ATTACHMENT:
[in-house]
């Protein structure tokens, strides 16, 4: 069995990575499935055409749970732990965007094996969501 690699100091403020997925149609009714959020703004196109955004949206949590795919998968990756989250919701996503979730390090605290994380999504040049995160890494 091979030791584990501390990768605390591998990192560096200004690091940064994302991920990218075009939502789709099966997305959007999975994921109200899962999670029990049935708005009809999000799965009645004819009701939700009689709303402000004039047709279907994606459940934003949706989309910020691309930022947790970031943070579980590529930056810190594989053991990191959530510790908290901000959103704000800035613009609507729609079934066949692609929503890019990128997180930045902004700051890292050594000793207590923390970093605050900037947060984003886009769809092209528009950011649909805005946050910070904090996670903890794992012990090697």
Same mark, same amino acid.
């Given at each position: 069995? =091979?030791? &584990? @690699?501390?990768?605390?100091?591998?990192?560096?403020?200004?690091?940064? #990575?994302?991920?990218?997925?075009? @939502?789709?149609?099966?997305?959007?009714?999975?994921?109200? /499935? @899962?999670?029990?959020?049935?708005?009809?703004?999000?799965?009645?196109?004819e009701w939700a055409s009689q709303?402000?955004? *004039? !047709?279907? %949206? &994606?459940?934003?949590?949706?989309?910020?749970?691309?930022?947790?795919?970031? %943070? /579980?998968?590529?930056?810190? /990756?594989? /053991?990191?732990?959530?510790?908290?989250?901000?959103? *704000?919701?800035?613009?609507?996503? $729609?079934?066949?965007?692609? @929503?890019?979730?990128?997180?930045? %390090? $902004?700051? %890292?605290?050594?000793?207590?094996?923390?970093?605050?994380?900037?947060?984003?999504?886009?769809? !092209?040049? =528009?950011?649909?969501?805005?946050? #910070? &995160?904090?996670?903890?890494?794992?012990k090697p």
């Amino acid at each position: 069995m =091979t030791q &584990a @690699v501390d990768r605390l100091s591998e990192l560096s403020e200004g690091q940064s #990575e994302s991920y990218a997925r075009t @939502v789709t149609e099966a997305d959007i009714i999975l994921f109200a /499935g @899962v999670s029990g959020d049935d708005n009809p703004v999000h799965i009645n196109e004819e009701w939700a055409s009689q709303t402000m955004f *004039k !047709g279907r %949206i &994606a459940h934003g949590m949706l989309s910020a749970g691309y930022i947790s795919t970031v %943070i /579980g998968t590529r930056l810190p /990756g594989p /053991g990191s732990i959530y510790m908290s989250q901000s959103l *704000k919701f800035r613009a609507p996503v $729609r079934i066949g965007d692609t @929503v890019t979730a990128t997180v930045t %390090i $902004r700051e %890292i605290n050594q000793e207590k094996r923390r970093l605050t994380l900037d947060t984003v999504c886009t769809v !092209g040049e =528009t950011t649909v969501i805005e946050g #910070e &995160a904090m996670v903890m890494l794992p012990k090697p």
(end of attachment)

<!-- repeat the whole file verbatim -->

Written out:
[in-house]
């Protein structure tokens, strides 16, 4: 069995990575499935055409749970732990965007094996969501 690699100091403020997925149609009714959020703004196109955004949206949590795919998968990756989250919701996503979730390090605290994380999504040049995160890494 091979030791584990501390990768605390591998990192560096200004690091940064994302991920990218075009939502789709099966997305959007999975994921109200899962999670029990049935708005009809999000799965009645004819009701939700009689709303402000004039047709279907994606459940934003949706989309910020691309930022947790970031943070579980590529930056810190594989053991990191959530510790908290901000959103704000800035613009609507729609079934066949692609929503890019990128997180930045902004700051890292050594000793207590923390970093605050900037947060984003886009769809092209528009950011649909805005946050910070904090996670903890794992012990090697």
Same mark, same amino acid.
């Given at each position: 069995? =091979?030791? &584990? @690699?501390?990768?605390?100091?591998?990192?560096?403020?200004?690091?940064? #990575?994302?991920?990218?997925?075009? @939502?789709?149609?099966?997305?959007?009714?999975?994921?109200? /499935? @899962?999670?029990?959020?049935?708005?009809?703004?999000?799965?009645?196109?004819e009701w939700a055409s009689q709303?402000?955004? *004039? !047709?279907? %949206? &994606?459940?934003?949590?949706?989309?910020?749970?691309?930022?947790?795919?970031? %943070? /579980?998968?590529?930056?810190? /990756?594989? /053991?990191?732990?959530?510790?908290?989250?901000?959103? *704000?919701?800035?613009?609507?996503? $729609?079934?066949?965007?692609? @929503?890019?979730?990128?997180?930045? %390090? $902004?700051? %890292?605290?050594?000793?207590?094996?923390?970093?605050?994380?900037?947060?984003?999504?886009?769809? !092209?040049? =528009?950011?649909?969501?805005?946050? #910070? &995160?904090?996670?903890?890494?794992?012990k090697p």
């Amino acid at each position: 069995m =091979t030791q &584990a @690699v501390d990768r605390l100091s591998e990192l560096s403020e200004g690091q940064s #990575e994302s991920y990218a997925r075009t @939502v789709t149609e099966a997305d959007i009714i999975l994921f109200a /499935g @899962v999670s029990g959020d049935d708005n009809p703004v999000h799965i009645n196109e004819e009701w939700a055409s009689q709303t402000m955004f *004039k !047709g279907r %949206i &994606a459940h934003g949590m949706l989309s910020a749970g691309y930022i947790s795919t970031v %943070i /579980g998968t590529r930056l810190p /990756g594989p /053991g990191s732990i959530y510790m908290s989250q901000s959103l *704000k919701f800035r613009a609507p996503v $729609r079934i066949g965007d692609t @929503v890019t979730a990128t997180v930045t %390090i $902004r700051e %890292i605290n050594q000793e207590k094996r923390r970093l605050t994380l900037d947060t984003v999504c886009t769809v !092209g040049e =528009t950011t649909v969501i805005e946050g #910070e &995160a904090m996670v903890m890494l794992p012990k090697p």